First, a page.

Curing can be done when desired by subjecting the material to an effective amount of heat for an effective time. In preferred embodiments, a cure accelerator is used. Preferably, the flocced material is dried before curing. If desired, vacuum can be used to accelerate drying. Optionally, the material can be subjected to simultaneous drying and curing, in which case the temperature should be over 120° C.
Drying temperatures, used with or without a vacuum preferably are in the range of from about 25° C. to about 90° C. At these temperature, however, the epoxy does not cure. Acceptably, the curing temperature is in the range of from about 120° to 220° C.
The cure accelerator can be added either to the dispersion with or without the addition of a curing agent. Alternatively, the accelerator could also be added during or after flocculation. Thus, it can generally be added at any point in the process before curing. Preferably, however, it is topically applied to the material to be cured just before epoxy curing. When using elevated temperatures to dry the epoxy-silicate floc, before the epoxy curing is desired, it is preferred to topically apply the curing agent (with or without a cure accelerator) after the floc-product drying step. This can especially be taken advantage of when laminates and sheet materials are prepared. The curing agent can be topically applied, for example, by spraying, painting or immersing.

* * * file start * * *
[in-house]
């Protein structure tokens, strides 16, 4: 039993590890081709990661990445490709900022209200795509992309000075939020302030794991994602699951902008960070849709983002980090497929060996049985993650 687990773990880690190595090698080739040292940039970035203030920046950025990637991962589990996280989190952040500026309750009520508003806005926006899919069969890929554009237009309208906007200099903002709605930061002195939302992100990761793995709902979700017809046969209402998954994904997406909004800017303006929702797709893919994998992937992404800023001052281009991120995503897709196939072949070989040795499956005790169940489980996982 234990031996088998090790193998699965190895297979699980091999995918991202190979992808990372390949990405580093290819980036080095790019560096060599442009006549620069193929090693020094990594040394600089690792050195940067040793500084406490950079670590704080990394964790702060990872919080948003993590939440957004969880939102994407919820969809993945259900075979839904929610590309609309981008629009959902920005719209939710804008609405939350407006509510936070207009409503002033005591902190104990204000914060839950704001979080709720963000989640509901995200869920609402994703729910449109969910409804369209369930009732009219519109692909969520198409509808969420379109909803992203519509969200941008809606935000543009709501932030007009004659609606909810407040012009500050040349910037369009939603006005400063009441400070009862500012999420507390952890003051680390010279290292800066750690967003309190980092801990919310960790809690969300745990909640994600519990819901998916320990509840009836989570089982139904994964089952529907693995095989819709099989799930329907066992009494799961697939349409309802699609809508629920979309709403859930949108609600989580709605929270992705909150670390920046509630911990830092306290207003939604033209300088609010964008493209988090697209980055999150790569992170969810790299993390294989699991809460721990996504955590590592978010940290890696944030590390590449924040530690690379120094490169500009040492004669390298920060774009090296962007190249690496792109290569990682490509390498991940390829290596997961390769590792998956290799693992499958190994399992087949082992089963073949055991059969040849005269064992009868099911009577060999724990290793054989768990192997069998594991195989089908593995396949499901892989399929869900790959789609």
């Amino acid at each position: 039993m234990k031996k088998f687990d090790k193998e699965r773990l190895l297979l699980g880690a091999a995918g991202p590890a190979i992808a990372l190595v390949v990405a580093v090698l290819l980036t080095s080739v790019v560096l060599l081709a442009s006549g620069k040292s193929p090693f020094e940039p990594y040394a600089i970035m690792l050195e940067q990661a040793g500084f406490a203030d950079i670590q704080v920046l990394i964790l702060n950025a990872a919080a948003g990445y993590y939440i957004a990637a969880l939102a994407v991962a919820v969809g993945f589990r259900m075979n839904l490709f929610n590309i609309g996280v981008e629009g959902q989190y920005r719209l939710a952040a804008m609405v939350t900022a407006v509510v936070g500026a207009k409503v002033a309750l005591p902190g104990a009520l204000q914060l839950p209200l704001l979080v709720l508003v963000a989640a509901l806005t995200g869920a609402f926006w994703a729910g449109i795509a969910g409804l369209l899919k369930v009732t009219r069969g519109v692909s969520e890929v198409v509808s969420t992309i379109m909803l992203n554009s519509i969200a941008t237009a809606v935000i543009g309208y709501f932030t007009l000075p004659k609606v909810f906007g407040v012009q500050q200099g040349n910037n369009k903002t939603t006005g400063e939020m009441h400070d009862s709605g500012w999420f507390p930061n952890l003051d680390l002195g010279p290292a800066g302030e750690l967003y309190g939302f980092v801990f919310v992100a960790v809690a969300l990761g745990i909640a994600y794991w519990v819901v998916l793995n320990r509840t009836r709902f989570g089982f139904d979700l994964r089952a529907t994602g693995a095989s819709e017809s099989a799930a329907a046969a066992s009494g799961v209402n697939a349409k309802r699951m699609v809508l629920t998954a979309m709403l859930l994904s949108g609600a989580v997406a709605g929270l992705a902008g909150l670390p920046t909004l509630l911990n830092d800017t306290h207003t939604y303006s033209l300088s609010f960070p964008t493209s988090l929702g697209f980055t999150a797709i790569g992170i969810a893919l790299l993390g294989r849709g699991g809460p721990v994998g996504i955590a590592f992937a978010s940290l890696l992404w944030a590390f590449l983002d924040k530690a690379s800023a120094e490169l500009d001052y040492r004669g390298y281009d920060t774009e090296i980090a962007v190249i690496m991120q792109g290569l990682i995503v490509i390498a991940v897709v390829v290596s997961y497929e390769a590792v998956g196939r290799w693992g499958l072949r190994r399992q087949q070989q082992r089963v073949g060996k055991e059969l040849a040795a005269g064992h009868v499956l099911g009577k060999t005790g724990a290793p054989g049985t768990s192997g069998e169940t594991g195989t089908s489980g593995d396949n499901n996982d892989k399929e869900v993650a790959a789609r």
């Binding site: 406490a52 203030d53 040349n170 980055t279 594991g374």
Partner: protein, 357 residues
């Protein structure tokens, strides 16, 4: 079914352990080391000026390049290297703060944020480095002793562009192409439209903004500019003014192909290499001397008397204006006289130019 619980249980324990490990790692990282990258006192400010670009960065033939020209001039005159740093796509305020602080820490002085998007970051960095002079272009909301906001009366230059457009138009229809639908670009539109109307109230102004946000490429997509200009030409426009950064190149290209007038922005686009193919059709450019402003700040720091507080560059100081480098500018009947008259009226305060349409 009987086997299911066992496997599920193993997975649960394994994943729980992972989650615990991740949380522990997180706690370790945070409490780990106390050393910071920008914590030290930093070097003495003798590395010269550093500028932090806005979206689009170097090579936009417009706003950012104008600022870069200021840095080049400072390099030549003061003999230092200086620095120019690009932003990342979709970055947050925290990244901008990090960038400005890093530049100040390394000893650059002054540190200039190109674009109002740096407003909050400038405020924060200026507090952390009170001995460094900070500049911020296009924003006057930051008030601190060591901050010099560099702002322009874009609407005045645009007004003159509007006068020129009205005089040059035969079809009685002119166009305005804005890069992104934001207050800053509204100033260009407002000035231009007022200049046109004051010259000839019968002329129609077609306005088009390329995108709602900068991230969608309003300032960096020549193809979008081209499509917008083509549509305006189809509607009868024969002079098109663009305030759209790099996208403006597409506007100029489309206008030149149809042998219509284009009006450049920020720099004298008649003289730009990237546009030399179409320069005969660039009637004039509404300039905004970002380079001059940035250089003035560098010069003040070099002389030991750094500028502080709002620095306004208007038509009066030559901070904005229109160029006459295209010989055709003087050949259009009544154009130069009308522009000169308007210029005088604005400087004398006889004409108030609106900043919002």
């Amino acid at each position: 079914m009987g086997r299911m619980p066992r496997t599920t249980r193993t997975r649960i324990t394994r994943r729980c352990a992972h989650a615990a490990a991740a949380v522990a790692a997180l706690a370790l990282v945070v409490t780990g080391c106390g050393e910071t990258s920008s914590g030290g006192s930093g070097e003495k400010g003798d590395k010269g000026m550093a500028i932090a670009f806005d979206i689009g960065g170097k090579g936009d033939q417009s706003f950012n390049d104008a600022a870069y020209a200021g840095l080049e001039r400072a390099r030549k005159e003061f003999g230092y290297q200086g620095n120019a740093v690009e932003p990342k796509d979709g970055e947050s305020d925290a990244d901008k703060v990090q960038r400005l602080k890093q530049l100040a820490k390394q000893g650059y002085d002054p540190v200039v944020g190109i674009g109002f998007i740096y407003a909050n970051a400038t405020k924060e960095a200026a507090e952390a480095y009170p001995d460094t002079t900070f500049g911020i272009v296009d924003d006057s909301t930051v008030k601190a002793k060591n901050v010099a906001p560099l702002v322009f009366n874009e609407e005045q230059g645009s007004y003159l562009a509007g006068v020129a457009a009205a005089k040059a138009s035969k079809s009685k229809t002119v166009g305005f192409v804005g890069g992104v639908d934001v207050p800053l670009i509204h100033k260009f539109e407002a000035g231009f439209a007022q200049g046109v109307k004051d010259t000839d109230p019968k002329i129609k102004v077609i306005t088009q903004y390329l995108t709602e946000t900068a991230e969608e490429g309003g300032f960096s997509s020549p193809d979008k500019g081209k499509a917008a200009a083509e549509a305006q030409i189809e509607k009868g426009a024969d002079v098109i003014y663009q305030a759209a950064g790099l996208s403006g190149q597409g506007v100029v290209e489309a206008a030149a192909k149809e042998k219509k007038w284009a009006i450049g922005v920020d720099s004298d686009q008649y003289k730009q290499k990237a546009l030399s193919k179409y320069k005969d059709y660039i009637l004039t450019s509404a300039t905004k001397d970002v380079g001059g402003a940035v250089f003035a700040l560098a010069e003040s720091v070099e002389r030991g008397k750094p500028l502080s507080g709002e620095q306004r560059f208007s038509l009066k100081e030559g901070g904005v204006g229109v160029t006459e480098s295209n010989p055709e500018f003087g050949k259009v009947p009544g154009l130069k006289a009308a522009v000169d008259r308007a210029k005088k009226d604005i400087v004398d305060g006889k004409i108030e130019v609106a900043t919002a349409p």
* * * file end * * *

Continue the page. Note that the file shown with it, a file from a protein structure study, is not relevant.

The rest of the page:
Preferably epoxy oligomers which can be used are: solid bisphenol A epoxy, urethane modified bisphenol A epoxy, polyfunctional aromatic epoxy, and elastomer modified bisphenol A epoxy. The equivalent weight of the epoxy can acceptably range from 100 to 750.
A film (or sheet) can be formed by any process, step or procedure which will provide a layer of material which is thinner than its length and breadth. In addition to such sheet materials, the desired flocced silicate epoxy material can also be made into any other shape or article; for example, a brick, tile, board or fiber.
The term "water resistant" as used in the specification and claims is not meant to imply that the articles of the present invention are waterproof or are completely impervious to water. The terms is used to indicate that the materials do not substantially degrade, at least in their tensile strength, elongation and puncture resistant properties, when exposed to water.